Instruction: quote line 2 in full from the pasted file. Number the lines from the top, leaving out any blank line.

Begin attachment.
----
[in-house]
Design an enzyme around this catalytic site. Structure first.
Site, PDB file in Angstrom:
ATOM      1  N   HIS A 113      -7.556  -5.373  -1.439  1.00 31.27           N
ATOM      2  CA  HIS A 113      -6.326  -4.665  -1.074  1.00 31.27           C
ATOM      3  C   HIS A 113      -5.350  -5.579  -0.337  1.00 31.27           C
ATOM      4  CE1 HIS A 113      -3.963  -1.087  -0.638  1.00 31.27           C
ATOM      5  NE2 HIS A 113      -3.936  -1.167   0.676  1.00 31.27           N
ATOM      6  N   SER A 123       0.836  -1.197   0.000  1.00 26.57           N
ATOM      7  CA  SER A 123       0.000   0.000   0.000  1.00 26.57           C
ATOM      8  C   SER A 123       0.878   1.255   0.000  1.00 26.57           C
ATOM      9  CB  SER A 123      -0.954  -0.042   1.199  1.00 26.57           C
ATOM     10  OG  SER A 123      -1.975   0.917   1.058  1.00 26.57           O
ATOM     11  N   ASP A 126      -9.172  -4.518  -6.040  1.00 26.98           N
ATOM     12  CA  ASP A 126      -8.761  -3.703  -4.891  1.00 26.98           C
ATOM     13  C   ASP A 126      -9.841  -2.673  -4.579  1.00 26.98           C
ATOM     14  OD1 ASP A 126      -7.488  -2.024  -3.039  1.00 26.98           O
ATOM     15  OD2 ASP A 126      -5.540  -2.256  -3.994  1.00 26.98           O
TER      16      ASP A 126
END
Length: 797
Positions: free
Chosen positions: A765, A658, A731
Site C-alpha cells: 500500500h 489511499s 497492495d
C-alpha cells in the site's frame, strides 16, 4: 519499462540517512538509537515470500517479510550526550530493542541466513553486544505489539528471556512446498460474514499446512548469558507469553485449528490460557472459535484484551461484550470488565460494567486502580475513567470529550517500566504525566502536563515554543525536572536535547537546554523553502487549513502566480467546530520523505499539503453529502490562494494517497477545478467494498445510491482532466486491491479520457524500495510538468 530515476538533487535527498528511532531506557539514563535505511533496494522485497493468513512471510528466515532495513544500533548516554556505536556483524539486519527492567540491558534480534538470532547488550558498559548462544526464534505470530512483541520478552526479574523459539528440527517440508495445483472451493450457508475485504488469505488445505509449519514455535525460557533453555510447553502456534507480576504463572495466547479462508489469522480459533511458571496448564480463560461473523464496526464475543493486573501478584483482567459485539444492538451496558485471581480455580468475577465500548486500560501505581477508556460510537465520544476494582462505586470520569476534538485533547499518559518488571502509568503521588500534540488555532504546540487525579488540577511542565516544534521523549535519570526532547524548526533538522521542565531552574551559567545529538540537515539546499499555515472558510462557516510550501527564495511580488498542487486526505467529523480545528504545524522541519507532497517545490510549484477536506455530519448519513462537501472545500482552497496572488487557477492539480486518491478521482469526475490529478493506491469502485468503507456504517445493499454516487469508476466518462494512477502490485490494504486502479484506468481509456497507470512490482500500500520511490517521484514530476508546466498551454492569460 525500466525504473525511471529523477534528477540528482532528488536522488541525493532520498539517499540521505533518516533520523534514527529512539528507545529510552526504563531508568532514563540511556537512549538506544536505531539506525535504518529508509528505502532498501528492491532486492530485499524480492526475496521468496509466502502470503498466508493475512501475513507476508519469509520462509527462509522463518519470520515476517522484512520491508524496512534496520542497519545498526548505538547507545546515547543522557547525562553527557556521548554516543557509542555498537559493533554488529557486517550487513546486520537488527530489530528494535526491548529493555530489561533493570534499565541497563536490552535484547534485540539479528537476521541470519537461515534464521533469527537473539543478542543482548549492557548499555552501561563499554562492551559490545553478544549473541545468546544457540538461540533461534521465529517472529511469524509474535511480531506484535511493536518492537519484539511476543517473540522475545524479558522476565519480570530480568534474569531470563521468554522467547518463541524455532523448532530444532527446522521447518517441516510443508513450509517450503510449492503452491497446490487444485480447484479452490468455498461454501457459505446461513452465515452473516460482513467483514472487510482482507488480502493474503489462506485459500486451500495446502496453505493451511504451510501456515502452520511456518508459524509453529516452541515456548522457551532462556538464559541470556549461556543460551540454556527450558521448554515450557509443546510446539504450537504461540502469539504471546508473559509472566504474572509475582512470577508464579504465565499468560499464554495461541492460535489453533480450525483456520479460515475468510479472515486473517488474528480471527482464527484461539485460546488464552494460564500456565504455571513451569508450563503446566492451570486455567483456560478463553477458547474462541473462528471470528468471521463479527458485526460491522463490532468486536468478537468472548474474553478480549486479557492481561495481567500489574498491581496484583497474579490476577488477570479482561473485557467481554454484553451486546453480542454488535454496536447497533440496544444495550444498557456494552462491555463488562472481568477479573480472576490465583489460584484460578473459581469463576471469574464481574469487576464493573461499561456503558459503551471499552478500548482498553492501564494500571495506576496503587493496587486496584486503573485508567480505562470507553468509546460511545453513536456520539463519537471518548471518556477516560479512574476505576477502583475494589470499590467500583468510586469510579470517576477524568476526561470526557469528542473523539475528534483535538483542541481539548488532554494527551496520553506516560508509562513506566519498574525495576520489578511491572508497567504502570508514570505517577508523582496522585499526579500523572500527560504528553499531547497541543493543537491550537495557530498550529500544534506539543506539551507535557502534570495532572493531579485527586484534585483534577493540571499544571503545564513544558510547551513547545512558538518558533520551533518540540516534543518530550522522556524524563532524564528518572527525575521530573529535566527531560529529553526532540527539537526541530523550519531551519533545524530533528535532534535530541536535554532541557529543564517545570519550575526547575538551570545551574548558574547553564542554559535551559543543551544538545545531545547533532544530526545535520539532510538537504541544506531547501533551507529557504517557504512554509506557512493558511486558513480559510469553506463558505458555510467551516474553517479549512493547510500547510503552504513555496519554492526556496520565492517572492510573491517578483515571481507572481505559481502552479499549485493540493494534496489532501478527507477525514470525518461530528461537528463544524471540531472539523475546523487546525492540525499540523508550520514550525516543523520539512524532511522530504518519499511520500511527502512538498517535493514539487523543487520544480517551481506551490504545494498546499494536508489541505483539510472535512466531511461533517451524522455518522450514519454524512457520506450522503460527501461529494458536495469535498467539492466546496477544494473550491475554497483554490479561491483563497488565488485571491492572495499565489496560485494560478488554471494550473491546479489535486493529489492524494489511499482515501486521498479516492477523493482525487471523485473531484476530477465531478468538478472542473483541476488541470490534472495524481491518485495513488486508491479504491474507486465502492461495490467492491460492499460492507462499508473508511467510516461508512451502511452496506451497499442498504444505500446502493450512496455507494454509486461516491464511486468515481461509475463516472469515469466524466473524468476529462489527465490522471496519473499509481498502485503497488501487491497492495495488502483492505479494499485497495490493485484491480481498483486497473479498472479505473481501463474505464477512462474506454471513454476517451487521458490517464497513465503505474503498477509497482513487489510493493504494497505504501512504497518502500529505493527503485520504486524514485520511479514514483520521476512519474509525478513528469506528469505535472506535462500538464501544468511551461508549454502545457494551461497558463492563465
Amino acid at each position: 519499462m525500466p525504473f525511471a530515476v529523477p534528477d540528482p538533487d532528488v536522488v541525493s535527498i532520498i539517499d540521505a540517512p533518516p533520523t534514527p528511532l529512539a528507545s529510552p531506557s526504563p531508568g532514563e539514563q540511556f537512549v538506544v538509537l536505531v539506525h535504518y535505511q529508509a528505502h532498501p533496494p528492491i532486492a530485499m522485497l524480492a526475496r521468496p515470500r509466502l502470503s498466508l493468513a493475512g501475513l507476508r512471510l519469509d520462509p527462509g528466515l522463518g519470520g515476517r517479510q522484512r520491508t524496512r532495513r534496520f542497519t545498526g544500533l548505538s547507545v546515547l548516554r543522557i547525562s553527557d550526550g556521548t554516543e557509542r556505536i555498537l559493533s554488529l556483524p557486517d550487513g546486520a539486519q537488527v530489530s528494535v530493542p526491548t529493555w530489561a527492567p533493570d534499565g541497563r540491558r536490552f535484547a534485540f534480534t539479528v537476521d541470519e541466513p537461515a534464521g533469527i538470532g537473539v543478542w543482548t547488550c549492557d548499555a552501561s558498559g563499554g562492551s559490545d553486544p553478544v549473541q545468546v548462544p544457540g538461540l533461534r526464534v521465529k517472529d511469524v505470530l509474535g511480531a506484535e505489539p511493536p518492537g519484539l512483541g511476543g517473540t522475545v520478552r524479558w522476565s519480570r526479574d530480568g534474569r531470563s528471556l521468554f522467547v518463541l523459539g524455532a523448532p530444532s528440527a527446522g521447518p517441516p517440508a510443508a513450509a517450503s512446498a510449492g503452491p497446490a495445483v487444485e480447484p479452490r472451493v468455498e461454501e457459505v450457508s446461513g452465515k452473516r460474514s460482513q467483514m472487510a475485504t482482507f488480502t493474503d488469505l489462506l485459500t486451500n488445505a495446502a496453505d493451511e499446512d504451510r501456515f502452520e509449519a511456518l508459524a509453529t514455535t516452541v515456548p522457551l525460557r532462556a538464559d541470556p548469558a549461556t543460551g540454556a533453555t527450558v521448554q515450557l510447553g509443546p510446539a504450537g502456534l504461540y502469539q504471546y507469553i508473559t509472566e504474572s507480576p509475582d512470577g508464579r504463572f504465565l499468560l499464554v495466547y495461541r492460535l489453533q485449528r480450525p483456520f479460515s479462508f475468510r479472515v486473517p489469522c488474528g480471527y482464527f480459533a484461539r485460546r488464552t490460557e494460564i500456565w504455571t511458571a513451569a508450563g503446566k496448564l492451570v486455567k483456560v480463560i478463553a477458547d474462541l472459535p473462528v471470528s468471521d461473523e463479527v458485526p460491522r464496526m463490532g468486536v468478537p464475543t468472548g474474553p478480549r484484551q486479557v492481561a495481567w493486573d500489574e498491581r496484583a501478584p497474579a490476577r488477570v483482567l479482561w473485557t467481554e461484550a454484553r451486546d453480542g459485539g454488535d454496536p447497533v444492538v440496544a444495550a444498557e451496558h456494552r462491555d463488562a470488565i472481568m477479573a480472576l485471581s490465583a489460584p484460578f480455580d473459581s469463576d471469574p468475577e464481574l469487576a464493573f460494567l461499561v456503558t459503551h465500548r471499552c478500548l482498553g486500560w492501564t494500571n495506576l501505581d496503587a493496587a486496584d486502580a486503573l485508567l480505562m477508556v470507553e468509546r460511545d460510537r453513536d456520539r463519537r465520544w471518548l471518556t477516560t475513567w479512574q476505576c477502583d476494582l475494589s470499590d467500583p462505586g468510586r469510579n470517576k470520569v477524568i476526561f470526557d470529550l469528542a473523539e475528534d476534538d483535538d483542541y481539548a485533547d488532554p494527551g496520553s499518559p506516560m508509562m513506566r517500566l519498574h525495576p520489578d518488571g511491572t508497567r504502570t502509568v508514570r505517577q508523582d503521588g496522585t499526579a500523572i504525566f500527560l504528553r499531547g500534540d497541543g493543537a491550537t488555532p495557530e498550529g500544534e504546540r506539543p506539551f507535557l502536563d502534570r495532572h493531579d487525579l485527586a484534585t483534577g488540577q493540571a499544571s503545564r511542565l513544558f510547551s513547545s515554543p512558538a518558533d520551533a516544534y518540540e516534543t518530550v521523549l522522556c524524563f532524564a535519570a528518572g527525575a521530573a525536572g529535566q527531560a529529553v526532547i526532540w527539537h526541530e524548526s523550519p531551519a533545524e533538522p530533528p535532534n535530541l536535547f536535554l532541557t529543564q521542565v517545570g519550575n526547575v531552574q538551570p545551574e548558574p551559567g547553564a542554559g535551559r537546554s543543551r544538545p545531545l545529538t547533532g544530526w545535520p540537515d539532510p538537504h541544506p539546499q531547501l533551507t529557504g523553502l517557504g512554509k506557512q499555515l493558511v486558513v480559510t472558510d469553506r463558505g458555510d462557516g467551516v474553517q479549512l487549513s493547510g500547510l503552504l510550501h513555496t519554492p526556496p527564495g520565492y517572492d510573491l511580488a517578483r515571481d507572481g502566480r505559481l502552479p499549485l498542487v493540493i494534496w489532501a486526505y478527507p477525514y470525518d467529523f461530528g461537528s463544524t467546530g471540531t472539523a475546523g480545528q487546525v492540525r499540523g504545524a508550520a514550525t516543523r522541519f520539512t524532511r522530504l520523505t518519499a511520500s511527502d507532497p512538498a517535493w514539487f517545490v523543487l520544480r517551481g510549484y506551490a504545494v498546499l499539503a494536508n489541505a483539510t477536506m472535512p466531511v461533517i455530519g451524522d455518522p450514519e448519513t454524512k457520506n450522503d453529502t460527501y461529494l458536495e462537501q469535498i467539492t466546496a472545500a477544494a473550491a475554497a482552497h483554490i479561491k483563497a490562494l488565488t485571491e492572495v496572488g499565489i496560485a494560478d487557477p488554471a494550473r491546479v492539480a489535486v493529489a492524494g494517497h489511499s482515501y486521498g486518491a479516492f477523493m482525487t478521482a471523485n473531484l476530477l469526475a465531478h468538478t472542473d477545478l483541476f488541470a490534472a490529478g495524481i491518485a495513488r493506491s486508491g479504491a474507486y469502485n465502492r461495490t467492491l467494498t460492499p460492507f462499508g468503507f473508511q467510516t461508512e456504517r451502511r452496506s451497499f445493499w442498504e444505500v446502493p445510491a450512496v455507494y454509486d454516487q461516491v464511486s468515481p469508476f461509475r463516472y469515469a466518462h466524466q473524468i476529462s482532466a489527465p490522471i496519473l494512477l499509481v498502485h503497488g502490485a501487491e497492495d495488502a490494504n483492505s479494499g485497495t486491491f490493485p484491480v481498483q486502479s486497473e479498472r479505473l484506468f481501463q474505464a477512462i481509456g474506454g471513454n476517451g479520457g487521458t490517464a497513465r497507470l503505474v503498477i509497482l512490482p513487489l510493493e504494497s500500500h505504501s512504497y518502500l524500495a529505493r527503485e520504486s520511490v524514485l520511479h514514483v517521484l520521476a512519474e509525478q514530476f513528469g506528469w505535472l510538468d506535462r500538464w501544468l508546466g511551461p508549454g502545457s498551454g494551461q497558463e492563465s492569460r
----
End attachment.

Design an enzyme around this catalytic site. Structure first.